South Korean President Park Geun-hye arrived in New Delhi Wednesday morning for a four-day state visit. Park will hold delegation level talks with Prime Minister Manmohan Singh on bilateral, regional and global issues, according to a press release by India’s Ministry of External Affairs.
Accompanying Park on her visit to India are South Korean foreign, trade, and science ministers. In addition to Prime Minister Singh, Park expects to meet President Pranab Mukherjee, Vice President Mohammad Hamid Ansari, External Affairs Minister Salman Khurshid and the Lok Sabha’s Opposition Leader Sushma Swaraj.
Relations between South Korea and India are warm and based on strong economic foundations, with bilateral trade exceeding $18 billion in 2012. India and South Korea additionally concluded a free trade agreement in 2009–the Comprehensive Economic Partnership Agreement (CEPA)–that will ensure that ties between Asia’s 3rd and 4th largest economies continue to increase.Enjoying this article? Click here to subscribe for full access. Just $5 a month.
Apart from commercial ties, India and South Korea enjoy a “strategic partnership.” President Park’s upcoming visit is expected to add depth to the bilateral relationship, which remains somewhat undercapitalized outside of economic matters. President Park and Prime Minister Singh will discuss broader cooperation between India and South Korea across a variety of fields including cooperation between their defense industries, space and nuclear technology, and cultural exchanges.
India’s Business Standard characterizes Parks trip to India as an effort in “sales diplomacy,” indicating that despite efforts to expand the character of the strategic partnership, the South Korean objective in India remains primarily commercial. South Korean firms have performed extraordinarily well in India. India’s generally restrictive investment climate for foreign investors is significantly relaxed for South Korean firms pursuant to the CEPA; South Korea firms are permitted to own stakes of up to 65 percent in Indian firms.
Park’s visit comes at an opportune time given that the Indian cabinet recently approved a special free-trade agreement between India and ASEAN that could see a breakthrough on the stagnant Regional Comprehensive Economic Partnership (RCEP) talks.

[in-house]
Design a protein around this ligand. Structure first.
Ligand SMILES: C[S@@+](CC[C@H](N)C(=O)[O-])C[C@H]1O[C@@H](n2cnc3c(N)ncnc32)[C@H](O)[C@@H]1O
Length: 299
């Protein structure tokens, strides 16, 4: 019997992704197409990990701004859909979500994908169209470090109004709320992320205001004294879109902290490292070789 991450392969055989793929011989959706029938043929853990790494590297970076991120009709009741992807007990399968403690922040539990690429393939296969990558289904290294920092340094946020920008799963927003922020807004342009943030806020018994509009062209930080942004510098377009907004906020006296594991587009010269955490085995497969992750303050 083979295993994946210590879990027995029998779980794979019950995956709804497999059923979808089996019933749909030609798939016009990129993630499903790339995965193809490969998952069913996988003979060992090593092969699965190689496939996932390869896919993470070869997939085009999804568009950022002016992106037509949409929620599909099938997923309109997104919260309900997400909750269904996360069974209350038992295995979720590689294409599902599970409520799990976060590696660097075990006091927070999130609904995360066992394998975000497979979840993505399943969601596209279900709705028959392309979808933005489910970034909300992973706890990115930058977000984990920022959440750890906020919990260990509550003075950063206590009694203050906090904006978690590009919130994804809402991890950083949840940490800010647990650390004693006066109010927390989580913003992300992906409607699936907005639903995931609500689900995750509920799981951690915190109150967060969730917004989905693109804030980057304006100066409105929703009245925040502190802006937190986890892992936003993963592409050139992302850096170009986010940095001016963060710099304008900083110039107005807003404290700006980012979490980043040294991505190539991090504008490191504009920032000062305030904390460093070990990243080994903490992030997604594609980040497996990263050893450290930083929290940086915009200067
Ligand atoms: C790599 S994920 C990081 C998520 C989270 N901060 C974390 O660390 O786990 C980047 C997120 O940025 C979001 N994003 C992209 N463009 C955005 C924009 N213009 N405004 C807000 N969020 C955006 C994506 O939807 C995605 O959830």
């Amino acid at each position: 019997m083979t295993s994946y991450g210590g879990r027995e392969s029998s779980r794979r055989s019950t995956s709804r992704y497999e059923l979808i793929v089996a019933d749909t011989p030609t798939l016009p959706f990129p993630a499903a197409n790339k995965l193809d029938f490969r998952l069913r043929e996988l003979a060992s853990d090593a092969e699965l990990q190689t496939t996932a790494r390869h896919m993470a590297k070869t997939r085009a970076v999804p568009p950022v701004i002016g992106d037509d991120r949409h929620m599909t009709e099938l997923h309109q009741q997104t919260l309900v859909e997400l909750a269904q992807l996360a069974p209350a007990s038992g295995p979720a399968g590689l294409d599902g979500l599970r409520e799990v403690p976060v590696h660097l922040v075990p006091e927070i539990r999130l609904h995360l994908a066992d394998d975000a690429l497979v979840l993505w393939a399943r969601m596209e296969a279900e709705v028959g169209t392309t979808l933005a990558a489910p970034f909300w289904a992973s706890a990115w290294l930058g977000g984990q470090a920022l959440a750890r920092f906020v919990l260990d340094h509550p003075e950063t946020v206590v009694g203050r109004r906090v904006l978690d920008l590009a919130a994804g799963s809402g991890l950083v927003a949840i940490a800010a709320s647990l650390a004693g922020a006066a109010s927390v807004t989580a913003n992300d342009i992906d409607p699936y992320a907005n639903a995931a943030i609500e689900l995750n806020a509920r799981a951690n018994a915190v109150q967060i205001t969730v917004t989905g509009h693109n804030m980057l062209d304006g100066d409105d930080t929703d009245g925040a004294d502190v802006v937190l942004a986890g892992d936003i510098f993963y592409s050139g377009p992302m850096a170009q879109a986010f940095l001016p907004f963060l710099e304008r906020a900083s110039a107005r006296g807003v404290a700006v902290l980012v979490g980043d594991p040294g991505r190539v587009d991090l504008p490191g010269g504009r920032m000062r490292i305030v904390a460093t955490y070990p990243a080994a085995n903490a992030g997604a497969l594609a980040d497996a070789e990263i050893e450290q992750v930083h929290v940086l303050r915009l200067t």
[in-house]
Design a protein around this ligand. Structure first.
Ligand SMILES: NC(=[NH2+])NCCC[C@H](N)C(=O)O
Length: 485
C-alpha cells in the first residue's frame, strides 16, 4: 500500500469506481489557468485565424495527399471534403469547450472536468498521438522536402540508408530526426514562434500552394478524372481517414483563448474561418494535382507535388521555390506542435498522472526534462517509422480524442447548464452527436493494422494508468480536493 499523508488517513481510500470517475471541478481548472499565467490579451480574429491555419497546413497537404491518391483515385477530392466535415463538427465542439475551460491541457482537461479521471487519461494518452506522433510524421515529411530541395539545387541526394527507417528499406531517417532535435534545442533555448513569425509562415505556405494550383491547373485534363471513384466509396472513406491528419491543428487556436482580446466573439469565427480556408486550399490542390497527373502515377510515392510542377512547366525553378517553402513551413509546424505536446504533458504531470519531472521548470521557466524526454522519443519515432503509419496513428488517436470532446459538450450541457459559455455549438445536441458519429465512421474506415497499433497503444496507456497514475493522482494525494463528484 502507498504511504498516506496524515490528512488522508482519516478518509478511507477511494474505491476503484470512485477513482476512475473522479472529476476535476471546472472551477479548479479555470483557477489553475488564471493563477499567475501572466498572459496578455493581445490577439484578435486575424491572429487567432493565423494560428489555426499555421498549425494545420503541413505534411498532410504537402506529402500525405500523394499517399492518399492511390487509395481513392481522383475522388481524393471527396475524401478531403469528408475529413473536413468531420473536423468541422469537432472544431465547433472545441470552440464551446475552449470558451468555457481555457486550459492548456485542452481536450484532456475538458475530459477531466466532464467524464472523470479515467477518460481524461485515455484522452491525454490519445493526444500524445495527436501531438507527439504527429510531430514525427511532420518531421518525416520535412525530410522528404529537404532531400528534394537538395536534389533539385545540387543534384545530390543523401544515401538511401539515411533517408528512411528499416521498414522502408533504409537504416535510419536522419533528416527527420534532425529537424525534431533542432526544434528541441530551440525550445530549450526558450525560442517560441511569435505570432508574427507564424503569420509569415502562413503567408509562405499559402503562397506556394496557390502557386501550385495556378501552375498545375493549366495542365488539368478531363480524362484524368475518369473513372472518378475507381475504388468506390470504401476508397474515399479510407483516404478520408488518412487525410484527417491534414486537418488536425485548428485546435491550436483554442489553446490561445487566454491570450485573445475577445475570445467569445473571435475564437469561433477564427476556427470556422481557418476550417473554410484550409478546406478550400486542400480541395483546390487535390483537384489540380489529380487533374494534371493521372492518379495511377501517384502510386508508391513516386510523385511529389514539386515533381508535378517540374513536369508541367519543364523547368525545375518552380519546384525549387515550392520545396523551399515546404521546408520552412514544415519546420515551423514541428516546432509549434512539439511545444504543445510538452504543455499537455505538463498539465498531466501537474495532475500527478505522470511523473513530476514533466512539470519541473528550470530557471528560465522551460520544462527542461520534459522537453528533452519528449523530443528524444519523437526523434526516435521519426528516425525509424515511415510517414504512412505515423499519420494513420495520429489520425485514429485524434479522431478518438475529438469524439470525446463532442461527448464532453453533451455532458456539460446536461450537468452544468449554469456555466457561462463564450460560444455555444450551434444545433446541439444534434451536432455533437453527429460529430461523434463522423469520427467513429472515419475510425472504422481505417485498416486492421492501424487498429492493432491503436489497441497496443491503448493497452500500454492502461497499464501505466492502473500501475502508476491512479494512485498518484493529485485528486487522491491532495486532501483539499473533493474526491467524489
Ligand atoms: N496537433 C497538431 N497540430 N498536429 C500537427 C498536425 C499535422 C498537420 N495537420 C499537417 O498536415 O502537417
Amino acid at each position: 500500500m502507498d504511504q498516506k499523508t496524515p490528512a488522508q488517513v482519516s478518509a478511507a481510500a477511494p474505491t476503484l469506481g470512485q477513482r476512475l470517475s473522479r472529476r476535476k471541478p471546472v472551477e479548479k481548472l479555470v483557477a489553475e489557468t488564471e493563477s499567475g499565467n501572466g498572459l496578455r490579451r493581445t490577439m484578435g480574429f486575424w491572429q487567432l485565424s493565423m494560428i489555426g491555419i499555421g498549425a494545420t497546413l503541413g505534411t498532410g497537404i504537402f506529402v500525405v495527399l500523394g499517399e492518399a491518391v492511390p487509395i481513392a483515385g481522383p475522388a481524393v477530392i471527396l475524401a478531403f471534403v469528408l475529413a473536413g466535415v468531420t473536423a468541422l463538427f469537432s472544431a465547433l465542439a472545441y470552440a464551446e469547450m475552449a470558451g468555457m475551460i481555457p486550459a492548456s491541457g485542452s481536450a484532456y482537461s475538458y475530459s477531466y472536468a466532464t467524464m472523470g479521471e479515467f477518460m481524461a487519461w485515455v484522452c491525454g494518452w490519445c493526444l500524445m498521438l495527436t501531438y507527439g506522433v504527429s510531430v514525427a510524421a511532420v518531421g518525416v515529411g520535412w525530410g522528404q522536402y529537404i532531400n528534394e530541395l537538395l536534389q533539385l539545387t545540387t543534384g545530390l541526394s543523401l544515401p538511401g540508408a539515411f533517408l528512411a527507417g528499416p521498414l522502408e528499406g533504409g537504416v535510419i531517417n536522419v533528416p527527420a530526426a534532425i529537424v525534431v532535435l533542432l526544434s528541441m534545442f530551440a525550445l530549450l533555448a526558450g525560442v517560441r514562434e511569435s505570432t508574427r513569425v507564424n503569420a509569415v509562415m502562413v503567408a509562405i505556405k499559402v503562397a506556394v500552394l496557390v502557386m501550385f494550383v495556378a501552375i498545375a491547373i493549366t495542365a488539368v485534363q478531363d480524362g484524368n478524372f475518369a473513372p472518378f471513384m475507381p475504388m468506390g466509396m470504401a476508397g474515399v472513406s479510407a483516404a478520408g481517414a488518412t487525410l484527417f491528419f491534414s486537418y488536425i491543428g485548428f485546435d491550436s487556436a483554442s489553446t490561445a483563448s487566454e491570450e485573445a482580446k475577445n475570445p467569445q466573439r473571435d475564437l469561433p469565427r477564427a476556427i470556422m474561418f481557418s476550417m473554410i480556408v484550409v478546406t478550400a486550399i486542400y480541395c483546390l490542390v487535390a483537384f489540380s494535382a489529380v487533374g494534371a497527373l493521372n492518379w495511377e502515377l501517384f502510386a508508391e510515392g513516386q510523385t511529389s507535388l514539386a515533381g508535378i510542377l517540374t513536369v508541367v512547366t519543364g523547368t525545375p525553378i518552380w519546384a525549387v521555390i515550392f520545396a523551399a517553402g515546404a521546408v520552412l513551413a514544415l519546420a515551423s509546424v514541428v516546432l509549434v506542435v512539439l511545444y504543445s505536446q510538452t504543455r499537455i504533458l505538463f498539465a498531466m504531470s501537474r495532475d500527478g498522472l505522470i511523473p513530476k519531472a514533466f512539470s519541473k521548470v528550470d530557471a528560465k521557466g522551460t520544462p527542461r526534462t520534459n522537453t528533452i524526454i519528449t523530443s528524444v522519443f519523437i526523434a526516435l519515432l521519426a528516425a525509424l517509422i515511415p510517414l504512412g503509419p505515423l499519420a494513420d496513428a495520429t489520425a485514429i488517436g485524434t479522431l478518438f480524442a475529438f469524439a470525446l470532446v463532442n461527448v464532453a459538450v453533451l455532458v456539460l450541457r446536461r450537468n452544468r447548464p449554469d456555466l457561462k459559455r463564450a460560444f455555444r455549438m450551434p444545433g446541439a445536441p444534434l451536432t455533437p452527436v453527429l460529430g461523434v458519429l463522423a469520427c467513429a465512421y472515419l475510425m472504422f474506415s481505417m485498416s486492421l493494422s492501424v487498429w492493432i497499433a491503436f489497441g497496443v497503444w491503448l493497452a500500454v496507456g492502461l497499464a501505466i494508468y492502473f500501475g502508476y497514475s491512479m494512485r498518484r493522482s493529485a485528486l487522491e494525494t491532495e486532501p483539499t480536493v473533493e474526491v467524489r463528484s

For its part, India sees South Korea as an important peg in its “Look East” policy and as an important partner on defense matters. South Korea and India, at their Foreign Policy and Security Dialogues in the past, have expressed interest in expanding defense cooperation. India additionally successfully concluded a civil nuclear cooperation agreement with South Korea which could lead to greater South Korean participation in India’s burgeoning nuclear energy market. India is currently pursuing a similar deal with Japan. India and South Korea additionally may broach the topic of maritime cooperation during Park’s visit.
India’s National Security Advisor Shivshankar Menon was in Seoul in July 2013 and broached the topic of intelligence sharing between South Korea and India to address nuclear proliferation activities in Pakistan and North Korea. India has generally refrained from taking a clear position on the many island disputes in Northeast Asia, notably the potentially explosive Senkaku/Diaoyu dispute between Japan and China, and the Dokdo/Takeshima dispute between South Korea and Japan.
President Park’s visit to India comes a little under two weeks ahead of Japanese Prime Minister Shinzo Abe’s scheduled visit to India as the guest of honor at India’s Republic Day celebrations in New Delhi. India takes great care in choosing its Republic Day chief guests; in 2010, India chose then-South Korean President Lee Myung-bak. New Delhi may have to play somewhat of a balancing act between South Korea and Japan as ties between the two Northeast Asian neighbors have grown frigid over the past year, particularly after Abe came to power in Japan. India also enjoys a robust and growing strategic partnership with Japan.